Are you searching for a location for a new retail project in the Charlotte area? Finding the right commercial space has a lot to do with the specific project, but there are some principals that you should keep in mind no matter what you are going to be selling (or buying)…
A) Location, Location, Location:
Okay, its been said time and time again…The location of your new or transplanted business can be a key in future success. Does your new spot get a lot of passing foot traffic? How much competition is next to, or near it? What type of complimentary businesses are your neighbors? Is it easily accessible or a destination spot? Make sure the location is the perfect place for your business. (If you need assistance finding that right location, contact us at Kuester at 888.600.5044)
B) Outer Space? Inner Space? What kind of space?:
Does your potential space work for you? Don’t just concentrate on the square footage of your new spot, does the actual shape, height, width, and flow of the property work for your endeavor? Make sure your new commercial site isn’t too narrow, or to dark. Do you have enough windows, how many entrances and exits are there? What side of the street is the space on? Envision yourself in there everyday for a long time, and think hard on whether or not it will work for you.
Being in a neighborhood that has some crime issues is a problem. While it is a positive to be the business that is trailblazing into a gentrifying neighborhood, there are definite negatives to it too. Bars, restaurants, and office spaces might have no problems, but retail stores will suffer terribly. Not only do you need to look at crime as a threat to your property and inventory, but to your customers, clientele and employees.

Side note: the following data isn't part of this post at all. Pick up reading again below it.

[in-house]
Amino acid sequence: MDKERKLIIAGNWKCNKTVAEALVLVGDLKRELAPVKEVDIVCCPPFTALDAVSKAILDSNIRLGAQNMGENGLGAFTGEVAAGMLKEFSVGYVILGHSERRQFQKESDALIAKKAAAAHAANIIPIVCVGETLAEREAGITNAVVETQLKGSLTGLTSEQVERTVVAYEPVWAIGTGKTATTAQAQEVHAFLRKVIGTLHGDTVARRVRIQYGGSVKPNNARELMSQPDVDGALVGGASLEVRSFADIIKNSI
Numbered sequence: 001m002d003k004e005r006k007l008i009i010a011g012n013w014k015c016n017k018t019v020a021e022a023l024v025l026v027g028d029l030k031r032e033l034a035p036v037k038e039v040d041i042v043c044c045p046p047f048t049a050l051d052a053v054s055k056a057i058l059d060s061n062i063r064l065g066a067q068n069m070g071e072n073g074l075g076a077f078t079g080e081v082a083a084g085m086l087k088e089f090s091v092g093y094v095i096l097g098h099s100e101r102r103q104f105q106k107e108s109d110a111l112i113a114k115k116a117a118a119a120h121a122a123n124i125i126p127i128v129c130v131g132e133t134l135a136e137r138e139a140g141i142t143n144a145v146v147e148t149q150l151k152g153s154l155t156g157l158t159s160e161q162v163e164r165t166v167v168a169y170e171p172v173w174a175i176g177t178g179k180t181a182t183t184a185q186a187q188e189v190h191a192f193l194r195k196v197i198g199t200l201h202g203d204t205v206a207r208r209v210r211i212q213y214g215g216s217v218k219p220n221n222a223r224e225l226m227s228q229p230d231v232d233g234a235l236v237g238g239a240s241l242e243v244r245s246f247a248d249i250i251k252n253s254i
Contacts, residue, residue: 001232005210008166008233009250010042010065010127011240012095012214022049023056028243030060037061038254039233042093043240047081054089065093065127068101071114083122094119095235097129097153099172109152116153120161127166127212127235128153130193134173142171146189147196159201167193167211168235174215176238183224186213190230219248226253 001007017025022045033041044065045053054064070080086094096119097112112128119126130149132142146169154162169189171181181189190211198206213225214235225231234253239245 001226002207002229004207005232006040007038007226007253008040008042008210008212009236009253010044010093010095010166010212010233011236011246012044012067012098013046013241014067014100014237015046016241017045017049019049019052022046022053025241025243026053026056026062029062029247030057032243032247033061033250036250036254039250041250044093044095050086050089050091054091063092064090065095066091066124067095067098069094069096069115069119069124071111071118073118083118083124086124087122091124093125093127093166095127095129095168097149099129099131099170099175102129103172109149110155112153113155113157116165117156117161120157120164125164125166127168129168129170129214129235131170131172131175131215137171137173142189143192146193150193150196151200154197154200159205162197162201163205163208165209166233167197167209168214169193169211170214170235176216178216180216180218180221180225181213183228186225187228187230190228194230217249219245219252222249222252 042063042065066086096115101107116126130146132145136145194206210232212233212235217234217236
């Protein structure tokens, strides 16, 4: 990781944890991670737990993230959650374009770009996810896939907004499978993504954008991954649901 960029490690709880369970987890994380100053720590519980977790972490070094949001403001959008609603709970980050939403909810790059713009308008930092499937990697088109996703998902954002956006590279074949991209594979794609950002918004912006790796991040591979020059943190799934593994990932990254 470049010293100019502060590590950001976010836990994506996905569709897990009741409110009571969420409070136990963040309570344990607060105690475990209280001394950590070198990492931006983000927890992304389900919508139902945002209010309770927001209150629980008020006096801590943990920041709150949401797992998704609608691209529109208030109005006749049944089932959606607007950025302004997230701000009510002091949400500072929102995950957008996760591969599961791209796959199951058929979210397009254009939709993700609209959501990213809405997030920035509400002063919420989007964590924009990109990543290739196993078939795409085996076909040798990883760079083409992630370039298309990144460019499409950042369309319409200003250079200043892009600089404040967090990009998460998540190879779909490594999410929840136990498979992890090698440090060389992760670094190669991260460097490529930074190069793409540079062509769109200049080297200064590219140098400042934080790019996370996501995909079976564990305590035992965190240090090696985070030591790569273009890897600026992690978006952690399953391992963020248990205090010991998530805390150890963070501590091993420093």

It might be a part of your location question, but for some businesses it is an important enough issue to site by itself. Do your customers need parking or will most of them be walking to your location? If you think they will be driving, then make sure you have ample street parking or are close to a parking lot. Check the meter situation on your street. If you have lots or garages nearby, approach their owners/management about creating a special deal for your customers. Customers who know you are looking out for them and their wheels will be happy customers.
E) The Rules!
Every neighborhood, township, town, hamlet, city, and street has different rules, laws, and regulations. Research all the ordinances in your neighborhood before you sign a lease or make a land grab. Some locations will not work for all businesses. Signage issues, historic preservation, liquor laws, curfews, noise ordinances – make sure that your business won’t be upsetting any apple carts. Make sure to check with your future neighbors and ask them how they got through the system if the regulations limit what you are hoping to do.